As Nato's Libyan bombing campaign goes on, British officials are looking with increasing interest at a negotiated solution.
The key, they believe, may lie in gaining the acceptance of the National Transitional Council for a deal that allows Col Muammar Gaddafi to go into some form of internal exile once he has given up power.
When strikes began four months ago there was scant thought to how the campaign might end. Instead there was a sense of urgency about protecting the population of Benghazi, as tanks entered the city, and a desire to avoid a humanitarian disaster.
The ability to sustain the campaign is being tested now.
Although Liam Fox, the defence secretary, expressed his dismay earlier this week at those who questioned the ability to maintain the military pressure, it is evidently true that cuts in the Tornado force, which bears the brunt of British ground attack missions, would, if they go ahead, start to hamper that air campaign by late summer.
Of course, the Ministry of Defence will find work arounds if it has to, for example postponing cuts to the Tornado force. But that it finds itself in a position where it is cutting its aircraft and pilots at the same time that they are actively engaged in bombing another country is, I would think, historically without precedent.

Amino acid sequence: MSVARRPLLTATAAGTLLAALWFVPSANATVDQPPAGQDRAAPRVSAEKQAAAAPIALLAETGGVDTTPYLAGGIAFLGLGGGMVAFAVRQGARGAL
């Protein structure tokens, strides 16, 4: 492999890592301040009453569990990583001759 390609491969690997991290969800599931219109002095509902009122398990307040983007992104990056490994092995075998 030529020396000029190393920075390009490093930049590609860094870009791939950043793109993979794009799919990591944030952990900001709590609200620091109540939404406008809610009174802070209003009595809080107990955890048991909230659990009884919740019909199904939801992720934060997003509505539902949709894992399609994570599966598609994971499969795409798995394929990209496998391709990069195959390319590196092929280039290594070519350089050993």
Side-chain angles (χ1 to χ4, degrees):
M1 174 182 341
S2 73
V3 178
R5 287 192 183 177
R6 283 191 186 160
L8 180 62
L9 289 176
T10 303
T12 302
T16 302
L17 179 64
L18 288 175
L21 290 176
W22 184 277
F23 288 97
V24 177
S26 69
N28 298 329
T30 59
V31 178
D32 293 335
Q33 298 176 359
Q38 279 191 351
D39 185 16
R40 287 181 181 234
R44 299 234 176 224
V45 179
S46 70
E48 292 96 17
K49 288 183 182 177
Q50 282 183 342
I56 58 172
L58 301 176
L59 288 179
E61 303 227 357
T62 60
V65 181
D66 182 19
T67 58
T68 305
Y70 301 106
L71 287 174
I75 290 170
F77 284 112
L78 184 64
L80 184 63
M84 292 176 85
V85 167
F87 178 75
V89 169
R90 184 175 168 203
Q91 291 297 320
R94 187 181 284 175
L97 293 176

Britain's problems are not unique. Several Nato countries engaged in the missions have started to run low on guided weapons, requiring the Americans to replenish them. The alliance realises that some lessening of military pressure is likely during Ramadan, which starts in one month.
They may chose, for example, not to bomb so many targets in built up areas during this time.
While the troika at the centre of this campaign - Britain, France, and the USA - have said that it will continue until Col Gaddafi is forced from power, many on the diplomatic and military side have despaired that the issuing of a war crimes warrant against him leaves the Libyan leader with no choice but to fight on 'like a cornered rat'.
In this regard too, the campaign does not seem have been the result of a joined up process, since these countries could have stopped the International Criminal Court from issuing this warrant. While war crimes charges might satisfy the demands for political pressure to be maintained, it can be argued that they will cost lives by prolonging the conflict.
So where does military fatigue and the difficulty of finding a way out for Col Gaddafi leave the campaign? Of course Nato leaders daily hope for a rising in Tripoli or that the colonel will be killed in one of their airstrikes. But since they insist they are not targeting him directly and his secret police apparatus still dominates the streets of the Libyan capital neither can be guaranteed.
In this tangled situation, statements by one or two senior figures on the revolutionary side that they might allow Gaddafi to go into internal exile as part of a process of transition have been received with the greatest interest. This offers a way out for everyone.
The problem though is that this 'solution' is highly suspect to many on the Transitional Council. They fear that if Gaddafi was hemmed into some desert compound, he could still exert his malign influence on Libya.
So while agreement eludes those who have tried to broker peace formulas, the business of negotiation grows daily more important.